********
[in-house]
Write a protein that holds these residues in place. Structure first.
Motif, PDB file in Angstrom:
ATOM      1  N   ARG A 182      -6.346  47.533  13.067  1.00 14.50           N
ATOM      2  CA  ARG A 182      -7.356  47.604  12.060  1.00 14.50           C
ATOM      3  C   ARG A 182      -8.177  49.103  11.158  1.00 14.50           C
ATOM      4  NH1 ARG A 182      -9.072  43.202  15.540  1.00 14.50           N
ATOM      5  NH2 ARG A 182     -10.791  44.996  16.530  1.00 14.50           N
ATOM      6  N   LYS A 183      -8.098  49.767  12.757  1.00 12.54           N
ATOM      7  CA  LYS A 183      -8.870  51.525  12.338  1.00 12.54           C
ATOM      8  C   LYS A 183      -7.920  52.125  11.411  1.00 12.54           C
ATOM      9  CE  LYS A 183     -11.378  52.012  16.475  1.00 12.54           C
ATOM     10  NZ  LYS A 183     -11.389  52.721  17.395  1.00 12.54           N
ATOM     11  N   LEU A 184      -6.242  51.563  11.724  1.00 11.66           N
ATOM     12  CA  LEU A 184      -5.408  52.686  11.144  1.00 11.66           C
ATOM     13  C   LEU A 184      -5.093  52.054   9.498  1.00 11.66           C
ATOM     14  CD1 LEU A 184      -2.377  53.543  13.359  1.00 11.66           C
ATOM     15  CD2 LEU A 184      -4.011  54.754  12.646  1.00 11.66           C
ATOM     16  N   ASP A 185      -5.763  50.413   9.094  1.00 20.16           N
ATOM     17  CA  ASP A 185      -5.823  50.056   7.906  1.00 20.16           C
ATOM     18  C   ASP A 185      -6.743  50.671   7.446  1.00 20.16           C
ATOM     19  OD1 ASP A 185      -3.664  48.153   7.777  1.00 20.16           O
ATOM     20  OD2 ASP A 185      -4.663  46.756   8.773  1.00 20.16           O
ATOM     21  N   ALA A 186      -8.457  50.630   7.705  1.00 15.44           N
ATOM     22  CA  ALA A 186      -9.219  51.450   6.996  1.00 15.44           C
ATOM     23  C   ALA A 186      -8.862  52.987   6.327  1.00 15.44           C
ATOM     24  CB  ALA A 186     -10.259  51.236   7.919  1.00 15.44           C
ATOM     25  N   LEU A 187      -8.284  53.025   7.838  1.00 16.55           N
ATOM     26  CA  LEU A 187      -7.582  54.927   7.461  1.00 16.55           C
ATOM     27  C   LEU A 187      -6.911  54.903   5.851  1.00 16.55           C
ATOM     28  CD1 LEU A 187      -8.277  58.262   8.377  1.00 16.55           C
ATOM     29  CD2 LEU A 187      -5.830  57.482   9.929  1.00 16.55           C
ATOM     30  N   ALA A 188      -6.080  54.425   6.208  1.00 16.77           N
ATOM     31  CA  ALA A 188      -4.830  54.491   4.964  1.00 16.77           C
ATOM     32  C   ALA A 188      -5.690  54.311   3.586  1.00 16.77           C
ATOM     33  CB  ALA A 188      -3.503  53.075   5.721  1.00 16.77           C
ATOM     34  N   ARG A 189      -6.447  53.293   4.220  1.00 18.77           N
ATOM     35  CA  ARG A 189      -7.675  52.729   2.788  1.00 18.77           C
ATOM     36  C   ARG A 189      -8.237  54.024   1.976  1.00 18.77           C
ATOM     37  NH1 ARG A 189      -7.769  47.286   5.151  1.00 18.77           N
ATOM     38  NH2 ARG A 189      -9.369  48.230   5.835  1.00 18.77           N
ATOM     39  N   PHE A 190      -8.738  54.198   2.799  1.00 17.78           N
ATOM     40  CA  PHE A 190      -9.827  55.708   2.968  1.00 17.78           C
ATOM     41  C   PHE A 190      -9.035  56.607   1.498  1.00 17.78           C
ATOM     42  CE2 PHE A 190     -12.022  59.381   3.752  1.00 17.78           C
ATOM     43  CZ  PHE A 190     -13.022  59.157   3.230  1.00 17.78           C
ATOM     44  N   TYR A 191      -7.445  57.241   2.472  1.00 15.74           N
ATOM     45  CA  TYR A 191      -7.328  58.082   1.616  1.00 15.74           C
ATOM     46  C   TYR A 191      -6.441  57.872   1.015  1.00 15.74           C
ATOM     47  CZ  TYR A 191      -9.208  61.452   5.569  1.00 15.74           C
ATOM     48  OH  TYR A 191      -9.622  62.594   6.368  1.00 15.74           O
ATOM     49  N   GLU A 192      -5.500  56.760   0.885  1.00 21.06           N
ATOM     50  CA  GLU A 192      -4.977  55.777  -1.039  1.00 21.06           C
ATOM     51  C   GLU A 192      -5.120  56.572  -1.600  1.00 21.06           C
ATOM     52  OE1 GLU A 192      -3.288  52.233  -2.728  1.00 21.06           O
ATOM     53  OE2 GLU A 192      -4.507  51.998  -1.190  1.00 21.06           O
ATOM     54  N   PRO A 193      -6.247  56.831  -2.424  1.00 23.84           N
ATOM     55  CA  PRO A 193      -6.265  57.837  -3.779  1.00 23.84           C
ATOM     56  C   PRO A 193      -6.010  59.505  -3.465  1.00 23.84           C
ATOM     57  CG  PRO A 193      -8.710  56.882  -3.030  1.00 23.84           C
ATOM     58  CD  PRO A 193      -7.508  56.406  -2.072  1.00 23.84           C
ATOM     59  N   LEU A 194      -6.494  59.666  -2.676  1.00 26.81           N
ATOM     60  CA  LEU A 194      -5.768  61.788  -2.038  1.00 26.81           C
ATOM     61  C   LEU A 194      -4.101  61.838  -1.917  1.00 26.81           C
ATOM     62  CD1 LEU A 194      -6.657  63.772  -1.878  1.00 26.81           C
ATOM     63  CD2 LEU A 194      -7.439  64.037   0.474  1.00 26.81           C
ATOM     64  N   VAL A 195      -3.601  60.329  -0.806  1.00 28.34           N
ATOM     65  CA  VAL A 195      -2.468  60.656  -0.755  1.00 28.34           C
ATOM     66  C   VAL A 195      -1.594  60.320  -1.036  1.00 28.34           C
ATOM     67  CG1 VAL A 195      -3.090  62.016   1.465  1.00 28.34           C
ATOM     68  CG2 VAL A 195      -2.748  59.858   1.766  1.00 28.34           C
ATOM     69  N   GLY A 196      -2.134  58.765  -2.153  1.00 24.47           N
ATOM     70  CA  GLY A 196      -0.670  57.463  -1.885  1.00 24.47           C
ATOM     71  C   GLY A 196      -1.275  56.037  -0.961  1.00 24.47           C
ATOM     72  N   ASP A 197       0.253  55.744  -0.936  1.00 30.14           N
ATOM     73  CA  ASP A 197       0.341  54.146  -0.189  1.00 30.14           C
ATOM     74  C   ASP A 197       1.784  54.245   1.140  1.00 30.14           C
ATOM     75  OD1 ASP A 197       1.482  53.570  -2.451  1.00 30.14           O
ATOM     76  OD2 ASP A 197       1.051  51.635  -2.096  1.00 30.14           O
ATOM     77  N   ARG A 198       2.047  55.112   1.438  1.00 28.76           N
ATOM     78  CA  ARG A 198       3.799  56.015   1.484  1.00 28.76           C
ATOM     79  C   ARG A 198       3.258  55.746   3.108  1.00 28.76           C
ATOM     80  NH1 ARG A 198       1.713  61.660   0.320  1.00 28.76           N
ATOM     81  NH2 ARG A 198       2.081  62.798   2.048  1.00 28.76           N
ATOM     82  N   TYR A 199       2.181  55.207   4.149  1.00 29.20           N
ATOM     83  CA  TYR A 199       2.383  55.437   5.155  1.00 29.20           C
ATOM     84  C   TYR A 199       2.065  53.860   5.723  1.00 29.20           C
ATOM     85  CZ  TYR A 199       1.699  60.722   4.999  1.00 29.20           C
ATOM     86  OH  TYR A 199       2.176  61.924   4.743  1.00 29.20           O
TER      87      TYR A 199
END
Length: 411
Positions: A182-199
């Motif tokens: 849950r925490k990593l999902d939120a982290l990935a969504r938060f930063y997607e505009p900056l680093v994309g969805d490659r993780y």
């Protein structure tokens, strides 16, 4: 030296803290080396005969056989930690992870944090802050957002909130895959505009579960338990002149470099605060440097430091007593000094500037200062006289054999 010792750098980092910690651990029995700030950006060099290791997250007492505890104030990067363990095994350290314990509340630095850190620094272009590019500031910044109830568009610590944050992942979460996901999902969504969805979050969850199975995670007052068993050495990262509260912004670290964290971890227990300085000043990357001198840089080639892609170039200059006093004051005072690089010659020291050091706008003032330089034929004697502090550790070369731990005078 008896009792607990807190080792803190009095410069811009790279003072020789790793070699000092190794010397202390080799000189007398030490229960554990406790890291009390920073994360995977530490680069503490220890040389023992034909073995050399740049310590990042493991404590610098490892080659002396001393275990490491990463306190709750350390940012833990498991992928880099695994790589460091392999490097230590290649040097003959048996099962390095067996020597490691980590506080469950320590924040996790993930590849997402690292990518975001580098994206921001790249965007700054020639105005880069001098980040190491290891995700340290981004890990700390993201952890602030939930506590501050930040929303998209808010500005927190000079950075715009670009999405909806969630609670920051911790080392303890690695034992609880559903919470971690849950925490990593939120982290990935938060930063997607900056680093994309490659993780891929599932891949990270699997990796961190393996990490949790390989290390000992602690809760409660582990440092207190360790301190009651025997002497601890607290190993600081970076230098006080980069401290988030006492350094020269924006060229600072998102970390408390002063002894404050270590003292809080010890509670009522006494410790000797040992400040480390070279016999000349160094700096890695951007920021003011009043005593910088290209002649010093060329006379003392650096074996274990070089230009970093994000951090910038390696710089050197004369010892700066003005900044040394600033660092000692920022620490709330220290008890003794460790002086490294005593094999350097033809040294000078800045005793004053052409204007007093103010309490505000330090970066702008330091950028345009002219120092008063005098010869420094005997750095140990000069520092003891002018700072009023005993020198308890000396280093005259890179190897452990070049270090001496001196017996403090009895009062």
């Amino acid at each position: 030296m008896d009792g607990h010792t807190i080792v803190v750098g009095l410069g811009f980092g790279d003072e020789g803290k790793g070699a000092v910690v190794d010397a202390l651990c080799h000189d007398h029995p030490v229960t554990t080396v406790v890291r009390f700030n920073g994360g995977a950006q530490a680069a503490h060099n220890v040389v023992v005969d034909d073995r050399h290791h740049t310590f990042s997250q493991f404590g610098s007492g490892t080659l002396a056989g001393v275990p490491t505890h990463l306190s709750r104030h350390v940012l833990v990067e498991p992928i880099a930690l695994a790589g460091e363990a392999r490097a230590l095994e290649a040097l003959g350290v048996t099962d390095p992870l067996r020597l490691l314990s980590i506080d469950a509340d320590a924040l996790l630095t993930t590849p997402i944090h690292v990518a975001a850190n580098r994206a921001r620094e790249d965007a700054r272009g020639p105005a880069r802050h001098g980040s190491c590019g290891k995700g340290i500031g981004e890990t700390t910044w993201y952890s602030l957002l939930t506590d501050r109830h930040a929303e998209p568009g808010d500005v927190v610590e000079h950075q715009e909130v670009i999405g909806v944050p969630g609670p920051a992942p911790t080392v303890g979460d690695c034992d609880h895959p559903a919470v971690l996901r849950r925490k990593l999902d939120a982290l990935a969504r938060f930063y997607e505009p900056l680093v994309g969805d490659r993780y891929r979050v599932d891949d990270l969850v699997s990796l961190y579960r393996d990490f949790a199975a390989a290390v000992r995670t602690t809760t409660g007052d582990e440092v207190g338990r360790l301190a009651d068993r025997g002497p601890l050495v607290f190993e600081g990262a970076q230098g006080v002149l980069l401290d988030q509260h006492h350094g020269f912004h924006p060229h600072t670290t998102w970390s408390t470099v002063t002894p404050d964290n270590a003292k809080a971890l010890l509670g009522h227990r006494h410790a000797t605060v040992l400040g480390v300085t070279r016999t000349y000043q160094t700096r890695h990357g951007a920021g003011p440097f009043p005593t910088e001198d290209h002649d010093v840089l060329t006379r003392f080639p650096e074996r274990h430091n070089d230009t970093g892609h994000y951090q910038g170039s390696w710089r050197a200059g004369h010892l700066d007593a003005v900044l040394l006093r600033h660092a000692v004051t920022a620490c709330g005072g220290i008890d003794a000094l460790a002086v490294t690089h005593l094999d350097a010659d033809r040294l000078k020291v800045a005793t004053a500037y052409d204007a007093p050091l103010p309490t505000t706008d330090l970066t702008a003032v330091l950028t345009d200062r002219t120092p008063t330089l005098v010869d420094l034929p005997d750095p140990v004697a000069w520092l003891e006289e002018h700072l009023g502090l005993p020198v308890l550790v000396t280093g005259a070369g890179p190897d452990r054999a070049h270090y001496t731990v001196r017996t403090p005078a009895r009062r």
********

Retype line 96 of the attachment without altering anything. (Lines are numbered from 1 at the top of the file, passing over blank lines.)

């Amino acid at each position: 030296m008896d009792g607990h010792t807190i080792v803190v750098g009095l410069g811009f980092g790279d003072e020789g803290k790793g070699a000092v910690v190794d010397a202390l651990c080799h000189d007398h029995p030490v229960t554990t080396v406790v890291r009390f700030n920073g994360g995977a950006q530490a680069a503490h060099n220890v040389v023992v005969d034909d073995r050399h290791h740049t310590f990042s997250q493991f404590g610098s007492g490892t080659l002396a056989g001393v275990p490491t505890h990463l306190s709750r104030h350390v940012l833990v990067e498991p992928i880099a930690l695994a790589g460091e363990a392999r490097a230590l095994e290649a040097l003959g350290v048996t099962d390095p992870l067996r020597l490691l314990s980590i506080d469950a509340d320590a924040l996790l630095t993930t590849p997402i944090h690292v990518a975001a850190n580098r994206a921001r620094e790249d965007a700054r272009g020639p105005a880069r802050h001098g980040s190491c590019g290891k995700g340290i500031g981004e890990t700390t910044w993201y952890s602030l957002l939930t506590d501050r109830h930040a929303e998209p568009g808010d500005v927190v610590e000079h950075q715009e909130v670009i999405g909806v944050p969630g609670p920051a992942p911790t080392v303890g979460d690695c034992d609880h895959p559903a919470v971690l996901r849950r925490k990593l999902d939120a982290l990935a969504r938060f930063y997607e505009p900056l680093v994309g969805d490659r993780y891929r979050v599932d891949d990270l969850v699997s990796l961190y579960r393996d990490f949790a199975a390989a290390v000992r995670t602690t809760t409660g007052d582990e440092v207190g338990r360790l301190a009651d068993r025997g002497p601890l050495v607290f190993e600081g990262a970076q230098g006080v002149l980069l401290d988030q509260h006492h350094g020269f912004h924006p060229h600072t670290t998102w970390s408390t470099v002063t002894p404050d964290n270590a003292k809080a971890l010890l509670g009522h227990r006494h410790a000797t605060v040992l400040g480390v300085t070279r016999t000349y000043q160094t700096r890695h990357g951007a920021g003011p440097f009043p005593t910088e001198d290209h002649d010093v840089l060329t006379r003392f080639p650096e074996r274990h430091n070089d230009t970093g892609h994000y951090q910038g170039s390696w710089r050197a200059g004369h010892l700066d007593a003005v900044l040394l006093r600033h660092a000692v004051t920022a620490c709330g005072g220290i008890d003794a000094l460790a002086v490294t690089h005593l094999d350097a010659d033809r040294l000078k020291v800045a005793t004053a500037y052409d204007a007093p050091l103010p309490t505000t706008d330090l970066t702008a003032v330091l950028t345009d200062r002219t120092p008063t330089l005098v010869d420094l034929p005997d750095p140990v004697a000069w520092l003891e006289e002018h700072l009023g502090l005993p020198v308890l550790v000396t280093g005259a070369g890179p190897d452990r054999a070049h270090y001496t731990v001196r017996t403090p005078a009895r009062r």